In my previous post about thinsets I explained what modified thinsets are and how they came about. That post actually started out as this post, I tend to get sidetracked by
beer my dog.
Unmodified thinsets, in one form or another, have been around forever. With the expanded use of modified thinsets, the unmodified version had nearly gone by the wayside with everyone except us hard-headed setters who bought unmodified thinsets and added liquid admixes to them – to create modified thinsets. I no longer do this for my modified thinsets, but it was a hard habit to kick.
The reemergence (I know – doesn’t even look like a word) of unmodified thinsets came about in November of 2001. At an NTCA / Schluter workshop the statement was made that the preferred method of installation over ditra is the use of an unmodified thinset.
Mass confusion ensued.
This has continued to this day with even seasoned professionals questioning if unmodified should be used, and if so – why and which unmodified to use. This problem is compounded for do-it-yourselfers who don’t have nearly the understanding nor material and product access that we do. It’s difficult to find and purchase. If it helps, it’s sometimes difficult for us as well.
So let’s see if I can shed a little light on the subject and at least let you know which ones to look for and where. This list WILL be a bit biased. If you’ve read anything here you know I’m a Laticrete diehard. It is, and will continue to be, my preferred manufacturer for nearly every tile and stone setting material needed. That
said typed, I do realize that other companies exist.
Just like modified thinsets, there are different levels or grades of unmodified thinsets. This is normally measured by the ratio or percentage of cement to sand in the mix. The higher the cement content, the better the thinset. More cement, more sticky, more stable.
It is also, in part, due to the type and percentage of whatever retention product is in the mix. For most thinsets (as far as I can tell – ancient guarded secret and all…) a powder called ‘hydrated lime’ is used. It is the same lime used by brick masons in order to retain water in the cement mix for a longer period of time, thus making the cured product stronger.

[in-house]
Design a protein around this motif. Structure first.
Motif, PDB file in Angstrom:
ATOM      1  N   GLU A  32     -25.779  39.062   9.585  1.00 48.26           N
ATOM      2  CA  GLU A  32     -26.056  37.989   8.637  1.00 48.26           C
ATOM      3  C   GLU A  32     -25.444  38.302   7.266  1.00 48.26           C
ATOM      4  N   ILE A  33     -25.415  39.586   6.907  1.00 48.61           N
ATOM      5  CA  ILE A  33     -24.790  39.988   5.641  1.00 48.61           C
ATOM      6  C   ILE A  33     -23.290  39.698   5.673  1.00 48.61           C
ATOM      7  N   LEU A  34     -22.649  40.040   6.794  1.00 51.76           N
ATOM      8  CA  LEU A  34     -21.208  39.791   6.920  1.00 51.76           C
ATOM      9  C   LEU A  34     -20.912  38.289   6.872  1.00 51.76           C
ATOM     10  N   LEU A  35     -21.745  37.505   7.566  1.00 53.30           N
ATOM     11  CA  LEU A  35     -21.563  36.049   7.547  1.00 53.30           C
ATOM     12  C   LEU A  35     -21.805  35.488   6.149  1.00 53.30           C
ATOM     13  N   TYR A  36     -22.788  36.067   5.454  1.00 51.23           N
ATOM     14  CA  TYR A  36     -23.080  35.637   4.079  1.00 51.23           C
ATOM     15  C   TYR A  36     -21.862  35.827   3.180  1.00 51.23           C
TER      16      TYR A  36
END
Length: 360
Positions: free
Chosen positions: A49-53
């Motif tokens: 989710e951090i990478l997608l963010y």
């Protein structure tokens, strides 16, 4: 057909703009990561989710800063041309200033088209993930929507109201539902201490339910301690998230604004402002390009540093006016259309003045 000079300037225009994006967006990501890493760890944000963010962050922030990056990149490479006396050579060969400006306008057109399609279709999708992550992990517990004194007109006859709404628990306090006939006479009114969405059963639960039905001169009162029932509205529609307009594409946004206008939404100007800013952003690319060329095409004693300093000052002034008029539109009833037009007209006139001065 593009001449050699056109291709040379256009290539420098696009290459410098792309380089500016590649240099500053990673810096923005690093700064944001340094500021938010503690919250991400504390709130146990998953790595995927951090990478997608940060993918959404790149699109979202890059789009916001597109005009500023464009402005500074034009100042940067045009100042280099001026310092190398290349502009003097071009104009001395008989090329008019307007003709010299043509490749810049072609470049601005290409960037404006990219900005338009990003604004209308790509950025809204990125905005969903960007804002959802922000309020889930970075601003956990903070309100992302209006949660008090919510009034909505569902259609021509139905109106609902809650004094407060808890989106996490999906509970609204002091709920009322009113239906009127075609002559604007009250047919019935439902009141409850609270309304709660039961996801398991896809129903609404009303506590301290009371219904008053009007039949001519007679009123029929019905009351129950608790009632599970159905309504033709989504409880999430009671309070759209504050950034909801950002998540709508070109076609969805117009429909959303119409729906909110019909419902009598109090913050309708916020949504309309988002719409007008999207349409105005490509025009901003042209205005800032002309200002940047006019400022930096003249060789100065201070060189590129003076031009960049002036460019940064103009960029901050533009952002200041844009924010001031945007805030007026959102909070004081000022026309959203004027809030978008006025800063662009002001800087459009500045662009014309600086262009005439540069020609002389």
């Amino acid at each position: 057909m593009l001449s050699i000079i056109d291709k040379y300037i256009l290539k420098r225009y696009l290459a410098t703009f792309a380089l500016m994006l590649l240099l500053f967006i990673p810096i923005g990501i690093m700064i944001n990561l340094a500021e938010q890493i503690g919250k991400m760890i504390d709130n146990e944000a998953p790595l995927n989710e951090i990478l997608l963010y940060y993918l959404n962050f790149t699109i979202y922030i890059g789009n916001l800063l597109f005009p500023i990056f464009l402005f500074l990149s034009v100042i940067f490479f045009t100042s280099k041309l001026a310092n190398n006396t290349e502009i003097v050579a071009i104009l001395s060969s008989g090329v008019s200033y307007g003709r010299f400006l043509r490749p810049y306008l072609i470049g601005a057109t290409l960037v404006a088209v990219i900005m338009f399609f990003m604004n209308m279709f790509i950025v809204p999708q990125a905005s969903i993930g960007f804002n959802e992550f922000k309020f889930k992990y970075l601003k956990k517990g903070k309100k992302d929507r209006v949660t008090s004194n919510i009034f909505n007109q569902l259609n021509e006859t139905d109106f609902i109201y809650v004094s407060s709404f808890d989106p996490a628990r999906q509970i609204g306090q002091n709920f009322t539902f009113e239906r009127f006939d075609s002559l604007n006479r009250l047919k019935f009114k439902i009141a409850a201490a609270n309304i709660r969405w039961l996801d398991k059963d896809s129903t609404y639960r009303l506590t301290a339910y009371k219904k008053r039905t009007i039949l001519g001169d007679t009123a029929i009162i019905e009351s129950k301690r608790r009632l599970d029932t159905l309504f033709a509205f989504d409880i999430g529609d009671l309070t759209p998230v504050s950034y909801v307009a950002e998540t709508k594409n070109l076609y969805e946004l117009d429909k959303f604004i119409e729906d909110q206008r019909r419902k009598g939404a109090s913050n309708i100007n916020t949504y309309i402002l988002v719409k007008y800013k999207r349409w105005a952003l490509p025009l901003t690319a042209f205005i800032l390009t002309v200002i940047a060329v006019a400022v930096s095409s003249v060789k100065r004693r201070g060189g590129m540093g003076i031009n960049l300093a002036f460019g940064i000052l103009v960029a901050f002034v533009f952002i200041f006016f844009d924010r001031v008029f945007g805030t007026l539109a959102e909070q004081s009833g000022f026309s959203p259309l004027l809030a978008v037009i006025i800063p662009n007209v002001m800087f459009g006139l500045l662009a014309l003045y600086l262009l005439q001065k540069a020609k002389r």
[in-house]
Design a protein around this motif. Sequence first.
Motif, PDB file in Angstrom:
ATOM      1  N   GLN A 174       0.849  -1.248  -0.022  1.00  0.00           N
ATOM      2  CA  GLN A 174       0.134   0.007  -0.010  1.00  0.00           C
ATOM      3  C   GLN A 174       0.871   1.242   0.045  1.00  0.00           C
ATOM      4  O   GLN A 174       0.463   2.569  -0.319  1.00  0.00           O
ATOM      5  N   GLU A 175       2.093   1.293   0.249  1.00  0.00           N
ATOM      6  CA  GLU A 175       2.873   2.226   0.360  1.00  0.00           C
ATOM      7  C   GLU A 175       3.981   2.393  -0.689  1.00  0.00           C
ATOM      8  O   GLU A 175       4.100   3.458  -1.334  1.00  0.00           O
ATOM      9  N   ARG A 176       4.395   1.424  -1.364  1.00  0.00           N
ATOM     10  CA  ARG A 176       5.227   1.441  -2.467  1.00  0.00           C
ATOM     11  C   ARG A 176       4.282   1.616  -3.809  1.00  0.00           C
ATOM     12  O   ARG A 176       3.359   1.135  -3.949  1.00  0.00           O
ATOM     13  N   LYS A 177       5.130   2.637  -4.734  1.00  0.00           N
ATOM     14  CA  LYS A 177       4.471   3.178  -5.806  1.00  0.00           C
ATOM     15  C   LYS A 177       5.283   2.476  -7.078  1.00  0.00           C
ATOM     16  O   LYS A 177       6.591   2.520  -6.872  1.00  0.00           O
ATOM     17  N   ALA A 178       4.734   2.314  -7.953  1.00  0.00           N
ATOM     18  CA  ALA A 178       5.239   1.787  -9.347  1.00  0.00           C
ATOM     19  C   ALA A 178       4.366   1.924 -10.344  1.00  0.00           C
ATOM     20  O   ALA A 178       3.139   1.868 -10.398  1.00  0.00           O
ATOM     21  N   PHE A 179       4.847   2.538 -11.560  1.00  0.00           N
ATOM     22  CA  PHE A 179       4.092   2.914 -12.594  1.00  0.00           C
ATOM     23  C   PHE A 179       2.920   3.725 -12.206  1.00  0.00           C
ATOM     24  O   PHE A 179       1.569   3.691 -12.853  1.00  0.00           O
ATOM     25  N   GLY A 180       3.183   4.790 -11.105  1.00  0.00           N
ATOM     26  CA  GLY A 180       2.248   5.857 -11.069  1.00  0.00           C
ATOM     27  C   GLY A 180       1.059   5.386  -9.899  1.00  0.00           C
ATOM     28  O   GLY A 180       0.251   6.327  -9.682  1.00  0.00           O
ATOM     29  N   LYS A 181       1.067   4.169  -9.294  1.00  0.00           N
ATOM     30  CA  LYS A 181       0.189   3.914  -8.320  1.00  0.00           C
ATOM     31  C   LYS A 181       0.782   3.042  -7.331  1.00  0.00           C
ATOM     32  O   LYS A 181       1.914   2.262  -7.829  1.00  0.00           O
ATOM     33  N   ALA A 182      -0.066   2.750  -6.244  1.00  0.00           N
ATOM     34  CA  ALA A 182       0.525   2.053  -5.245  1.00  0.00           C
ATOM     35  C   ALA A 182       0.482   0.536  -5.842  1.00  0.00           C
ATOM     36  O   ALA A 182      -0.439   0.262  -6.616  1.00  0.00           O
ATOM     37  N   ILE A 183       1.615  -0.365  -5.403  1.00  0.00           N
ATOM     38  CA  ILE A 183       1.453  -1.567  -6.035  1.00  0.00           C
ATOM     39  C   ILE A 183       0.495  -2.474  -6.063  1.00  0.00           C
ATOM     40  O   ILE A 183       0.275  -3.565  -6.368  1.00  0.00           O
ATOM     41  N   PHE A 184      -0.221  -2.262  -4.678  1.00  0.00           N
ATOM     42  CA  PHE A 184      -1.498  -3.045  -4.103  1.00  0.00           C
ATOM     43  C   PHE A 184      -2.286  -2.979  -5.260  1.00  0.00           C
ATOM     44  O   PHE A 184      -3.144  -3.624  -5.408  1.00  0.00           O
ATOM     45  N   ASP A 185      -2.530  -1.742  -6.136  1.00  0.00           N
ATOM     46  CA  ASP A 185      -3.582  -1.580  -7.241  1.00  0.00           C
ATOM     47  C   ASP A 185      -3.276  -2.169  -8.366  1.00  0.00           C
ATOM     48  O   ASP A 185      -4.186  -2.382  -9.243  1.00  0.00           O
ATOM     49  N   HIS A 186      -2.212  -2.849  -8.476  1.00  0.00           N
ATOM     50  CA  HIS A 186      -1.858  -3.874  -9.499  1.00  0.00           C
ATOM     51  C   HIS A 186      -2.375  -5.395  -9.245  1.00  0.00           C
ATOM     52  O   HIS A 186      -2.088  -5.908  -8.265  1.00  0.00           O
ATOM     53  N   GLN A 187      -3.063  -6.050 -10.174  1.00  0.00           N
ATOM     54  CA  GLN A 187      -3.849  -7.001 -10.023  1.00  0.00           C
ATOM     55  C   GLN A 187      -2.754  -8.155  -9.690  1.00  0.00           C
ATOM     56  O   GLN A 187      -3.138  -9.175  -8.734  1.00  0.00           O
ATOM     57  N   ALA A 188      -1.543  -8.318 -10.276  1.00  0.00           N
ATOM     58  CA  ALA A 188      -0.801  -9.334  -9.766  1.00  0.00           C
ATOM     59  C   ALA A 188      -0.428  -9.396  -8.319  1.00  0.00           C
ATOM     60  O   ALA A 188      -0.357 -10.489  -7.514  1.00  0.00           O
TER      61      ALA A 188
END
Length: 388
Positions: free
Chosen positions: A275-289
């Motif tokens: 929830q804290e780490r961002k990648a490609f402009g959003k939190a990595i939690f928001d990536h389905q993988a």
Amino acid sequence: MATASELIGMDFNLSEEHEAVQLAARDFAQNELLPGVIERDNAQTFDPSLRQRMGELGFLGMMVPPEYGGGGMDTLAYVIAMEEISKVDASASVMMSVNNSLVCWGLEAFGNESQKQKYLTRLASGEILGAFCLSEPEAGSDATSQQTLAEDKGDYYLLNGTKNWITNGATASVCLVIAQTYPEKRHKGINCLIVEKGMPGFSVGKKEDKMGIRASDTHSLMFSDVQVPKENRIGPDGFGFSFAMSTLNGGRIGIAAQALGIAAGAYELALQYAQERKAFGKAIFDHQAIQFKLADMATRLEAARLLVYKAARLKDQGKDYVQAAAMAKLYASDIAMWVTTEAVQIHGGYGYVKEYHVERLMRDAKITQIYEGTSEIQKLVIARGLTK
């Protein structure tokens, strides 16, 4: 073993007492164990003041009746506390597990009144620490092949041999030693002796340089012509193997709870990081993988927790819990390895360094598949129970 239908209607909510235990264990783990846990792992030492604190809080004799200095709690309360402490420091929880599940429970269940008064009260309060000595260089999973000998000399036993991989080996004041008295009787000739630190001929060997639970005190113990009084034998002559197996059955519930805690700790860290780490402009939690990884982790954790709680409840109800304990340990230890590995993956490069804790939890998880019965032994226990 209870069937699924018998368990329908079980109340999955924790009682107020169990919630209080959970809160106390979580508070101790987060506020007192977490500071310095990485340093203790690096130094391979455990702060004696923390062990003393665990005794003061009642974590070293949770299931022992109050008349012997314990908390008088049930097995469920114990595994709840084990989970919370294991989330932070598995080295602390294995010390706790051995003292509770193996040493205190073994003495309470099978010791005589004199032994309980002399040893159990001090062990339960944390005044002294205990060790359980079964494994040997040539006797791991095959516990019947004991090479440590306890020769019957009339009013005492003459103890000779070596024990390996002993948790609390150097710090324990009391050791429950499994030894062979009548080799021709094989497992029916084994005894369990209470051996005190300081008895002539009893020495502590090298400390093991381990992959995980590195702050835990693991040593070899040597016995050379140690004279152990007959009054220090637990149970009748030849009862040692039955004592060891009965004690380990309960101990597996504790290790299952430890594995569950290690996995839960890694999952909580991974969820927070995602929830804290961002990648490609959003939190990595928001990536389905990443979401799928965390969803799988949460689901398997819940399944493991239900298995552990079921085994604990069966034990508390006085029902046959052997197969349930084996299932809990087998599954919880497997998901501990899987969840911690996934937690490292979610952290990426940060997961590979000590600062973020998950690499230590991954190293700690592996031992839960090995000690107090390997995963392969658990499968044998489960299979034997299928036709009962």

So that’s how unmodified thinsets are ‘grouped’ or graded – the ratio of those three items in the mix. Now that you know that, let’s group them in order according to how they are graded and perform. I’ll do this by manufacturer since most people only have one or two specific brands available.
Laticrete 272 is considered the premium (best) – then Laticrete 317. There is negligible difference in these thinsets unless an admix is added to make them modified. For use as an unmodified I prefer the 317. Although they classify the 272 as their ‘premium’, they’re nearly identical.
The difference in these two thinsets: “There is more portland cement in LATICRETE 272 and the sand in the
LATICRETE 272 is slightly finer so it is a little bit creamier.” (Thanks to Anita at Laticrete for this clarification) The 272 contains 25-35% portland while the 317 contains 20-30% portland.
On the consumer side Laticrete products often have a different name – you may be familiar with Laticrete MegaBond. That is nearly identical to the 317. I use 317 for almost all of my unmodified thinset needs.
Kerabond: This is considered Mapei’s premium unmodified thinset. It works very well for any Schluter product
Keraset: This is Mapei’s mid-range unmodified. It’s not ideal but it works if it’s the only available. Give it extra time to fully cure! If you use Keraset be sure to wait a FULL 24 hours, at least, before the next step.
Keraflor: The ‘economy’ level unmodified from Mapei. I would not recommend using it for any shower applications or any regularly used flooring surface over ditra. Best to find one of the other two.
Uncoupling Mat Mortar: This is Custom’s premium unmodified mortar made specifically for Custom’s spiderweb mat and other ditra-like products. It is difficult to find and has limited availability. If you can get your hands on it, use it.
Masterblend: Currently Custom’s only readily available (to my knowledge) unmodified thinset. It is available at most Home Depots. It’s a good sack of powder if you have a flood and need a makeshift levy. That’s it. Any reputable tile contractor will tell you not to use this for anything – ever. I’m one of them. The only really good thing I can say about it – It is an unmodified thinset.*